What are the forces moving the Minnesota economy? Adam Belz tries to identify the trends and show the connections between Minnesota and the larger U.S. and global economies. You can connect with him on Twitter: @adambelz
Minnesota's exports to Southeast Asia have abruptly fallen as territorial disputes roil the seas around China.
In July, the Association of Southeast Asian Nations could not come up with a unified statement about China’s maritime claims in the South China Sea.
Vietnam, the Philippines, Malaysia, and Brunei, as well as Singapore and Thailand, have claims on the trade routes and potential oil riches of the contested body of water, and wanted ASEAN to criticize China’s actions there.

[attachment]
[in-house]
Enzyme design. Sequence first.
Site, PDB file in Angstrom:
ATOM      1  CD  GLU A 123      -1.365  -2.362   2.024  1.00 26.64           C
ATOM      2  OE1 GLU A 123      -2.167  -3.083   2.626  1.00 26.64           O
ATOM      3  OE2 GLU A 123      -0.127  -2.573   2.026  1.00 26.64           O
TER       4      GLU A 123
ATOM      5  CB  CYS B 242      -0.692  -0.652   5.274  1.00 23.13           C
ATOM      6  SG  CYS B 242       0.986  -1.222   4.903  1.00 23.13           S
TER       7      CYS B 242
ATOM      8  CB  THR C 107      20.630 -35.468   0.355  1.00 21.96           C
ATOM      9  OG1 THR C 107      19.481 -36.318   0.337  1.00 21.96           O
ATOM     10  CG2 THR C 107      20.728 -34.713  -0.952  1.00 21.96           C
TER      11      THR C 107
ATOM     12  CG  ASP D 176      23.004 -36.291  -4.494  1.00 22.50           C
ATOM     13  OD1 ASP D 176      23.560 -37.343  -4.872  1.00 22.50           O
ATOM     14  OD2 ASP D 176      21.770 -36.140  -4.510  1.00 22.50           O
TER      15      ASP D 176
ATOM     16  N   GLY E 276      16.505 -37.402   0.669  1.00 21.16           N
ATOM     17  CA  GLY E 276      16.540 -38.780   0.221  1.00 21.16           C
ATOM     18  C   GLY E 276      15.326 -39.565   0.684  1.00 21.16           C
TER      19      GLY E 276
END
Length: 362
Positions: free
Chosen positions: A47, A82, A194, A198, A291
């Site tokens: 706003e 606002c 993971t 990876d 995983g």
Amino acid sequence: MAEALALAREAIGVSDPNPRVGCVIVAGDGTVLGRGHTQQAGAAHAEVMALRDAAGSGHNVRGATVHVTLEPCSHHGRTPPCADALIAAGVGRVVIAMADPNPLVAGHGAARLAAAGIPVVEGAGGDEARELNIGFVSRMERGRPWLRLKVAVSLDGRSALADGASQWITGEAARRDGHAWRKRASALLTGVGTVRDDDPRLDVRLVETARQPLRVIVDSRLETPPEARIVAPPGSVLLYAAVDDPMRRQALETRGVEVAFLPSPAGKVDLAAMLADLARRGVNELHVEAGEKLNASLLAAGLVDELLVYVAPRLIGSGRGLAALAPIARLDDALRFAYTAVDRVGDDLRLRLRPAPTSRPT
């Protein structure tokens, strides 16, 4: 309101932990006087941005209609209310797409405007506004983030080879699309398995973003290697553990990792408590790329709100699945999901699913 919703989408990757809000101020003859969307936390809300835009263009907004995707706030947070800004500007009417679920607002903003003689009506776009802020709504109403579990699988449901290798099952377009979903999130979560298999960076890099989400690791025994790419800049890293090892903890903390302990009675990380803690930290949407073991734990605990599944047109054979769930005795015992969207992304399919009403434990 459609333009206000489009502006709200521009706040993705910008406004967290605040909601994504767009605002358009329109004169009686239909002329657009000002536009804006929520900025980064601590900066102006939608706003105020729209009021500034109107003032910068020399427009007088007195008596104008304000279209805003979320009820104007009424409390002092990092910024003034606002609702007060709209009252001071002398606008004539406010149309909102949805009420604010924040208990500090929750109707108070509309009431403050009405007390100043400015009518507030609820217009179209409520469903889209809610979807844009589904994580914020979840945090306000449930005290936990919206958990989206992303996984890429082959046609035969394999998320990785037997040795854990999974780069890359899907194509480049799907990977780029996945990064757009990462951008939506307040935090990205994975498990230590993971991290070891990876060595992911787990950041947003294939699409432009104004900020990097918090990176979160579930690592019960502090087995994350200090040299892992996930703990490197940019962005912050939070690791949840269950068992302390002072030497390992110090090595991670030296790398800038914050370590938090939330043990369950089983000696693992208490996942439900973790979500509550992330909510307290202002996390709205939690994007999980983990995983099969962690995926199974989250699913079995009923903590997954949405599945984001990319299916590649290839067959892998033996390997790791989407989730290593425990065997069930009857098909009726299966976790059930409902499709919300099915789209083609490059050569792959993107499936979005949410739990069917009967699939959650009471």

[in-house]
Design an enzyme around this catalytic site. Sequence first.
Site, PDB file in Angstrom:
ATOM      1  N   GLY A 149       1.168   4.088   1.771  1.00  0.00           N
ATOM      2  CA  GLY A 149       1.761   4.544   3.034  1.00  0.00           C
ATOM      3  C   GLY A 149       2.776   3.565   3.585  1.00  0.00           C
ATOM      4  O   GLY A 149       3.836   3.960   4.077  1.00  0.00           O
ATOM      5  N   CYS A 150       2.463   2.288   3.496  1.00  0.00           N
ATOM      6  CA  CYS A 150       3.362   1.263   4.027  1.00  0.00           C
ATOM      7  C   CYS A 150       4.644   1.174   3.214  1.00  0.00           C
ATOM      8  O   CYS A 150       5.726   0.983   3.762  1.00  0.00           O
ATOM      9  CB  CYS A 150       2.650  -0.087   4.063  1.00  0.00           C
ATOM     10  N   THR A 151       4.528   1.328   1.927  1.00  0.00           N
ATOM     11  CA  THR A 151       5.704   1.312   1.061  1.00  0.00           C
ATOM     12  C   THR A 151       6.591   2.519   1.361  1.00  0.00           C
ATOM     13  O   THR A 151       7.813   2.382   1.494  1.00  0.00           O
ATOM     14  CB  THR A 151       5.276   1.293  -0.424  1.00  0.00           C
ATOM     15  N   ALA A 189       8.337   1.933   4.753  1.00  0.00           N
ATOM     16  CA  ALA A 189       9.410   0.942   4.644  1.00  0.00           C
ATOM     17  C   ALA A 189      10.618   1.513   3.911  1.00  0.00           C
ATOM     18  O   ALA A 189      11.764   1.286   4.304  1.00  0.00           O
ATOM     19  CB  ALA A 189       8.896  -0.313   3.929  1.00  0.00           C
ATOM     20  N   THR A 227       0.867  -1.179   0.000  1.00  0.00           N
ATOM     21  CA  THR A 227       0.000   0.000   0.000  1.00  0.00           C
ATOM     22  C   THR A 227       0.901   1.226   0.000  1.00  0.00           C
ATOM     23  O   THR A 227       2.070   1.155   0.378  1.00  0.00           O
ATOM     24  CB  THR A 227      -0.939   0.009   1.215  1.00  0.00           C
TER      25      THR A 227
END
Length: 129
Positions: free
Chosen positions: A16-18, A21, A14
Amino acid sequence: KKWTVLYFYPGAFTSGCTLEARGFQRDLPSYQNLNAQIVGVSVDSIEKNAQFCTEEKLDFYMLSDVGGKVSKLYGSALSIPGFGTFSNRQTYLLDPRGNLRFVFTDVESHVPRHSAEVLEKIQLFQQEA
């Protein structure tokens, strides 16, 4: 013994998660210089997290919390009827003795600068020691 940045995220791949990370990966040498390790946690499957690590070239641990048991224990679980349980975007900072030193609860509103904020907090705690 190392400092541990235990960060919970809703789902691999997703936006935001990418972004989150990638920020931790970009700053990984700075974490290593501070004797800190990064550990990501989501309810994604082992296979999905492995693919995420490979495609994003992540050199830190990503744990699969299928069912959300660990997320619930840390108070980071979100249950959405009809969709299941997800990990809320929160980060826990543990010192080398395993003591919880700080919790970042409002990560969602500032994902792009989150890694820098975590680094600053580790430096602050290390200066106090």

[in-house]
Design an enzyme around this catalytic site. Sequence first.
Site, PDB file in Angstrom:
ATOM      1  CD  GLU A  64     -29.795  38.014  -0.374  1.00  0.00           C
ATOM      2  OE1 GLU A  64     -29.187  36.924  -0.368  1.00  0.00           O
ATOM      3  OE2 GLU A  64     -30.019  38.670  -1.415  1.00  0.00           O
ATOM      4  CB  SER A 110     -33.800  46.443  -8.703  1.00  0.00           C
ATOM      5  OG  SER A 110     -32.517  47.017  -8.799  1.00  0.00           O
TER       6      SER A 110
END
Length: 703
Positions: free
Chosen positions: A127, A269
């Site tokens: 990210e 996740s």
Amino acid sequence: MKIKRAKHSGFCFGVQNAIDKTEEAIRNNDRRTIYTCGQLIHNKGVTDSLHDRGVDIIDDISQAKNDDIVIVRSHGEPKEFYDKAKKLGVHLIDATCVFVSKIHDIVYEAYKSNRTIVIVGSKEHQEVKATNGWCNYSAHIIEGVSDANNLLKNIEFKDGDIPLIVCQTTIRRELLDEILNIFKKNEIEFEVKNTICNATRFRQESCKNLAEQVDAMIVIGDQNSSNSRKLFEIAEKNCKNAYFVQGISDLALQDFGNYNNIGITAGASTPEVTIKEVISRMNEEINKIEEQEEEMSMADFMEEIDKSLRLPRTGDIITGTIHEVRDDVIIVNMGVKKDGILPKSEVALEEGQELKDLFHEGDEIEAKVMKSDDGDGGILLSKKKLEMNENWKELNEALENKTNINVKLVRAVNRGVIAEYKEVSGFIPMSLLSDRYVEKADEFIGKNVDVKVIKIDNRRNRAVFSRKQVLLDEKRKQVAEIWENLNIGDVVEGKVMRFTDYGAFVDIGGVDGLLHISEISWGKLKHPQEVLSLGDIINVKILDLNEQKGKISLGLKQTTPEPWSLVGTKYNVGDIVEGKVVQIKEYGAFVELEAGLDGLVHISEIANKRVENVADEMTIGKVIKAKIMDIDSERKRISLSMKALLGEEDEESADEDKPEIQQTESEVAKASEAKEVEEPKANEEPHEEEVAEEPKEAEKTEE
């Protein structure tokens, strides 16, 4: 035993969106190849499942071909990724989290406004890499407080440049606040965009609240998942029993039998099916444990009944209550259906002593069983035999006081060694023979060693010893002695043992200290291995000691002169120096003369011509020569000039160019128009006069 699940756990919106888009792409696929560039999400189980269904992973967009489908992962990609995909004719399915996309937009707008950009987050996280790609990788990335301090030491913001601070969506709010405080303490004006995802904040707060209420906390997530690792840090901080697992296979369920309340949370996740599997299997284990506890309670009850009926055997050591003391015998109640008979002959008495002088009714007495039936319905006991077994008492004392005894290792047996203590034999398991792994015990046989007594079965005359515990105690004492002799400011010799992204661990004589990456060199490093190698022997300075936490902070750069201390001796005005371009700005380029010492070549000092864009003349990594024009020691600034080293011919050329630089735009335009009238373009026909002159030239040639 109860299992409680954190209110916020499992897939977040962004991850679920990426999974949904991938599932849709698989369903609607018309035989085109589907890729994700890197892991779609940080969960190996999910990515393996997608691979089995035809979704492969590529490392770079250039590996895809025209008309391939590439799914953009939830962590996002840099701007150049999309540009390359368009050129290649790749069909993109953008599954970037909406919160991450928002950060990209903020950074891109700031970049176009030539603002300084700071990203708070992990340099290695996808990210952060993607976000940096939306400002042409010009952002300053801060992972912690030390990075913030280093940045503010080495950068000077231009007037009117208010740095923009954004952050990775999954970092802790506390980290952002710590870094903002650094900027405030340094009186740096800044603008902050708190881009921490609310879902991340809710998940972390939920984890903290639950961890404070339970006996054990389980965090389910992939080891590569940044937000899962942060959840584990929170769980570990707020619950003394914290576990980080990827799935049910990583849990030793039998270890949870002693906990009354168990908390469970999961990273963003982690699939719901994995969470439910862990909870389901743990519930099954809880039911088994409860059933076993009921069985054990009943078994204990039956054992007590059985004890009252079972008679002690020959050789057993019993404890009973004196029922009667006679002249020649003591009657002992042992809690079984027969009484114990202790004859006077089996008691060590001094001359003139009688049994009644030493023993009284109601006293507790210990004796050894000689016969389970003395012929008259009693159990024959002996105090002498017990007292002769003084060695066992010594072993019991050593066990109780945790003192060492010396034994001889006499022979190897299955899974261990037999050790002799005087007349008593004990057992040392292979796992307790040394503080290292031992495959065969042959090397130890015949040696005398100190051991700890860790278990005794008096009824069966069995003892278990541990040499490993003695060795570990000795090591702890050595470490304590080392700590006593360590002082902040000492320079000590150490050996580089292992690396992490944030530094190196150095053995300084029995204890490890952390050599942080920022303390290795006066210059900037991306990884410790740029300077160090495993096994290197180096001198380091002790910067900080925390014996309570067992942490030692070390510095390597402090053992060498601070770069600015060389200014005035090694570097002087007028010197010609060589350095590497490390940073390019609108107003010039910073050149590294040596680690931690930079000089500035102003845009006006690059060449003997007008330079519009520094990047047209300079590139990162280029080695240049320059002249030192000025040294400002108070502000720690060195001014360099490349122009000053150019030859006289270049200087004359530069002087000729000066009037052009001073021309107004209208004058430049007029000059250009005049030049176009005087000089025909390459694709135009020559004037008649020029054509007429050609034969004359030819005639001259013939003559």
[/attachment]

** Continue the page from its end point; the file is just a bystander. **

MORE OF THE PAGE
Cambodia, supported by Laos and Myanmar, does not want to criticize their neighbors to the north. Indonesia has yet to weigh in. The Council on Foreign Relations called the impasse "disastrous."
It's important to note that the nations who want to speak out against China are mostly major trade partners of the U.S., especially Malaysia and Singapore.
In Minnesota, exports to Southeast Asia are down 15 percent through June compared to last year. U.S. exports to Southeast Asia are down 1.5 percent over the same period.
The decline is more dramatic for Minnesota considering the recent growth of the region as an export market. Exports to the ASEAN nations grew more than 30 percent in 2010 and 2011. By the end of 2011, sales to countries like Malaysia, the Philippines and Thailand had risen 65 percent compared to 2007.